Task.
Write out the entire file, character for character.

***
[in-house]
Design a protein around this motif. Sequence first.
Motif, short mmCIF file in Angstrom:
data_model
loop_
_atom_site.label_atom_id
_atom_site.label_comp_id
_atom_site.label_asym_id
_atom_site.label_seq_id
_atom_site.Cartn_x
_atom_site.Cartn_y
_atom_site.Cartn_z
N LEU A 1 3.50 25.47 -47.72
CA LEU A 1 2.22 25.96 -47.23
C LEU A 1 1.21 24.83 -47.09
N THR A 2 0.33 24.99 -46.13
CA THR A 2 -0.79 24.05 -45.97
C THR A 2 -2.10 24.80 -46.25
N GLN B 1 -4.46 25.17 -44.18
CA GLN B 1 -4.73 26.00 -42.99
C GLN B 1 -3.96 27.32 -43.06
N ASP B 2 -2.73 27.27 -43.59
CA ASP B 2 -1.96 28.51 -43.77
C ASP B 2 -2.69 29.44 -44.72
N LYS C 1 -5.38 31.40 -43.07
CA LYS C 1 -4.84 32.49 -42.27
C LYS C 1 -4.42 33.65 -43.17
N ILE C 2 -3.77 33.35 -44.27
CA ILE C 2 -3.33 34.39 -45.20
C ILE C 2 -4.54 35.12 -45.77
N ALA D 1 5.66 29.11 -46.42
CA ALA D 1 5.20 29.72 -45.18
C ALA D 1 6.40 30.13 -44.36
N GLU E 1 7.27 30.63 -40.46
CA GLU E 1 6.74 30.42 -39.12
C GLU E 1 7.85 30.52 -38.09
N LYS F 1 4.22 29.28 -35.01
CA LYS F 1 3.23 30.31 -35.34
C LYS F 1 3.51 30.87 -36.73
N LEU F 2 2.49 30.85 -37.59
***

[in-house]
Design a protein around this motif. Sequence first.
Motif, short mmCIF file in Angstrom:
data_model
loop_
_atom_site.label_atom_id
_atom_site.label_comp_id
_atom_site.label_asym_id
_atom_site.label_seq_id
_atom_site.Cartn_x
_atom_site.Cartn_y
_atom_site.Cartn_z
N LEU A 1 3.50 25.47 -47.72
CA LEU A 1 2.22 25.96 -47.23
C LEU A 1 1.21 24.83 -47.09
N THR A 2 0.33 24.99 -46.13
CA THR A 2 -0.79 24.05 -45.97
C THR A 2 -2.10 24.80 -46.25
N GLN B 1 -4.46 25.17 -44.18
CA GLN B 1 -4.73 26.00 -42.99
C GLN B 1 -3.96 27.32 -43.06
N ASP B 2 -2.73 27.27 -43.59
CA ASP B 2 -1.96 28.51 -43.77
C ASP B 2 -2.69 29.44 -44.72
N LYS C 1 -5.38 31.40 -43.07
CA LYS C 1 -4.84 32.49 -42.27
C LYS C 1 -4.42 33.65 -43.17
N ILE C 2 -3.77 33.35 -44.27
CA ILE C 2 -3.33 34.39 -45.20
C ILE C 2 -4.54 35.12 -45.77
N ALA D 1 5.66 29.11 -46.42
CA ALA D 1 5.20 29.72 -45.18
C ALA D 1 6.40 30.13 -44.36
N GLU E 1 7.27 30.63 -40.46
CA GLU E 1 6.74 30.42 -39.12
C GLU E 1 7.85 30.52 -38.09
N LYS F 1 4.22 29.28 -35.01
CA LYS F 1 3.23 30.31 -35.34
C LYS F 1 3.51 30.87 -36.73
N LEU F 2 2.49 30.85 -37.59